On average, historically Black college and universities (HBCUs) received 178 times less funding from foundations than Ivy League schools in 2019, according to a report from research group Candid and ABFE, a nonprofit advocate for investments in Black communities, the Associated Press reported.
The May 2 study found that the eight Ivy League schools received $5.5 billion from foundations in 2019. In contrast, 99 HBCUs got $45 million. Additionally, foundation support of HBCUs declined 30% between 2002-2019. Some study participants attributed systemic racism for the underfunding, while others cited limited connections between philanthropists and HBCU leaders.
“Philanthropy tends to fund organizations that they know,” ABFE President Susan Taylor Batten said. “Philanthropy does not know HBCUs and has little knowledge about the importance of HBCUs in the education of Black people and others. Additionally, I believe that philanthropy has a false sense that the quality of research and education is superior at (predominantly white institutions) in comparison to the quality of research and education at HBCUs.”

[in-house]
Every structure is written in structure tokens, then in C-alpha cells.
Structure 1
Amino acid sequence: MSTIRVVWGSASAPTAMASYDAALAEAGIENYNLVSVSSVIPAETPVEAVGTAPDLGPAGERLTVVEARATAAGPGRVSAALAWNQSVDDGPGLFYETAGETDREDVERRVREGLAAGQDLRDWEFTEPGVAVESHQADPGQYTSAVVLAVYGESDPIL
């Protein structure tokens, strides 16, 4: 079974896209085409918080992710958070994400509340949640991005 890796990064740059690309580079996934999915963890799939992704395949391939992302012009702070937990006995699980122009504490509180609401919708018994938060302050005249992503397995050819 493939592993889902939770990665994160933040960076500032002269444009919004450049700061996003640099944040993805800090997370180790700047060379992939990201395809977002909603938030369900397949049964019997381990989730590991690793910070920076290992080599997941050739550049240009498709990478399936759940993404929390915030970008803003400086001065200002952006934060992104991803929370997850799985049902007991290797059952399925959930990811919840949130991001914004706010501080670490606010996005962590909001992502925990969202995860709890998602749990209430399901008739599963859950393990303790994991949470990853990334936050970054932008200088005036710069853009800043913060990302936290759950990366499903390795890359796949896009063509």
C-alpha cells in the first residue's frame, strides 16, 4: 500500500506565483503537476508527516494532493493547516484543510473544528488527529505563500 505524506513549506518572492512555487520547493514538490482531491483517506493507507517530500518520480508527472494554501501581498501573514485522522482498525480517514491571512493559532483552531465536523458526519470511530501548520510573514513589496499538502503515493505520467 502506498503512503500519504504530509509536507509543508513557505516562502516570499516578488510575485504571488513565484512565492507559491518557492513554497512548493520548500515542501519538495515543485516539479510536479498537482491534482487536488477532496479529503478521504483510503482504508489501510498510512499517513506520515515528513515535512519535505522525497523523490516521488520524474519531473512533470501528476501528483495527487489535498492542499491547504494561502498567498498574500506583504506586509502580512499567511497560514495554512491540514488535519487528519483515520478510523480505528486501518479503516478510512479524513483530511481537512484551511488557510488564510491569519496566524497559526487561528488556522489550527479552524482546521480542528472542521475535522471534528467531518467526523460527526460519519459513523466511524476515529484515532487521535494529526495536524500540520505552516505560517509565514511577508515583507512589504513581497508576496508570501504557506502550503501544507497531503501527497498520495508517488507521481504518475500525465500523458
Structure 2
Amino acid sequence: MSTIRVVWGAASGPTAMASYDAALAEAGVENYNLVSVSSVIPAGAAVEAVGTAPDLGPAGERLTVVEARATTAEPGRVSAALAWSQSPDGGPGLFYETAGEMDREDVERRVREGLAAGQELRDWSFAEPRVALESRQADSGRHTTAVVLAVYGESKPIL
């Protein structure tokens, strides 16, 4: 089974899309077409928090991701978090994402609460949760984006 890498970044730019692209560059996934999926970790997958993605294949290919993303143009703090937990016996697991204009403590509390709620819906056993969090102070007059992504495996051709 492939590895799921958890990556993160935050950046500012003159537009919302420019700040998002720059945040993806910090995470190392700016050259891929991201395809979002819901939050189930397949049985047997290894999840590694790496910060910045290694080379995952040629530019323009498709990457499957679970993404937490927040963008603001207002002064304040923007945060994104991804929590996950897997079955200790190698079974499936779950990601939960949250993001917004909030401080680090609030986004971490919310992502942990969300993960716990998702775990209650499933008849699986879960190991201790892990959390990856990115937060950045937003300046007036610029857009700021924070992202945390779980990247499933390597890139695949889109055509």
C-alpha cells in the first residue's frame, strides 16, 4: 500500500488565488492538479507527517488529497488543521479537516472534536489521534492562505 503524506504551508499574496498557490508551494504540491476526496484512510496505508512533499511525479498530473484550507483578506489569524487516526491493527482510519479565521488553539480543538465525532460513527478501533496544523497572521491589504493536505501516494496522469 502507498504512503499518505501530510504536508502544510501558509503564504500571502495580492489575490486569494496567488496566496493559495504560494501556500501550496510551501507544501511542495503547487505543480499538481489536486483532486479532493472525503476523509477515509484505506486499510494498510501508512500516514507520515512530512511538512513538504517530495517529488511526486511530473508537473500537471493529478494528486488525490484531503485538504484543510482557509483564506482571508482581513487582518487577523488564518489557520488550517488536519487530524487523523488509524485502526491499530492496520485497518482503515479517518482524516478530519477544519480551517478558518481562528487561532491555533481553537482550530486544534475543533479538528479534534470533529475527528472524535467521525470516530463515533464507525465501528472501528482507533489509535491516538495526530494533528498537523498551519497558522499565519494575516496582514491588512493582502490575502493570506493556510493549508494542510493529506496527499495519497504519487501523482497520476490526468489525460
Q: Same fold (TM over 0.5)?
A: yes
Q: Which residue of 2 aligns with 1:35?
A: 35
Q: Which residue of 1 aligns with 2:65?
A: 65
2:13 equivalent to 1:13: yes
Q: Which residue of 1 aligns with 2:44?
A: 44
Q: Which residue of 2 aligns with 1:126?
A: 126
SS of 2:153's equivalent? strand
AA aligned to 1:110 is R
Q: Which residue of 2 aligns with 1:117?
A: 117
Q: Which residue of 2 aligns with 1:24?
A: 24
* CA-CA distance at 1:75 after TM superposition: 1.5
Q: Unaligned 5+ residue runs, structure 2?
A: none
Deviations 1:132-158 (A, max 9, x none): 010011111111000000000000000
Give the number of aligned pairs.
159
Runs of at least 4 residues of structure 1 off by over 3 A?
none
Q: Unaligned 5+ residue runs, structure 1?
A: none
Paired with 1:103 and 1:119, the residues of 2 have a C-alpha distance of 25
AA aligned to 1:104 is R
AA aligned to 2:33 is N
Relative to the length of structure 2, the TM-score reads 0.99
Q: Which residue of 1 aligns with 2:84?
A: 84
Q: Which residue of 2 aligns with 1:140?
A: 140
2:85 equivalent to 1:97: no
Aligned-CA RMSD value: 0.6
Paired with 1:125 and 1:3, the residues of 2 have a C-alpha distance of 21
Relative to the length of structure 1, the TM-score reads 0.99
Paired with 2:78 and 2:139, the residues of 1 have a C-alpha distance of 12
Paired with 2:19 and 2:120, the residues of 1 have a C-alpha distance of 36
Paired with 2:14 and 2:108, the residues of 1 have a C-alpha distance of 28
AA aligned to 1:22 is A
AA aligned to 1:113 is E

HBCUs have contributed immensely to the number of educated Black students. They account for 80% of Black judges, 50% of Black doctors, and 50% of Black lawyers, according to the UNCF. And studies show that Black HBCU graduates earn $900,000 more in their lifetimes than Black graduates from predominantly white institutions or Black workers without college degrees.
In 2020, the year of the racial reckoning following the killing of George Floyd, preliminary estimates showed a 453% increase in foundation funding to HBCUs.
“I think understanding the context for the historic disinvestment sheds new light on this new funding and also calls into question whether that new funding is going to be sustained or is just a blip followed by declines,” said Grace Sato, Candid’s director of research. “Shining a light on the issue of underfunding is important and necessary.”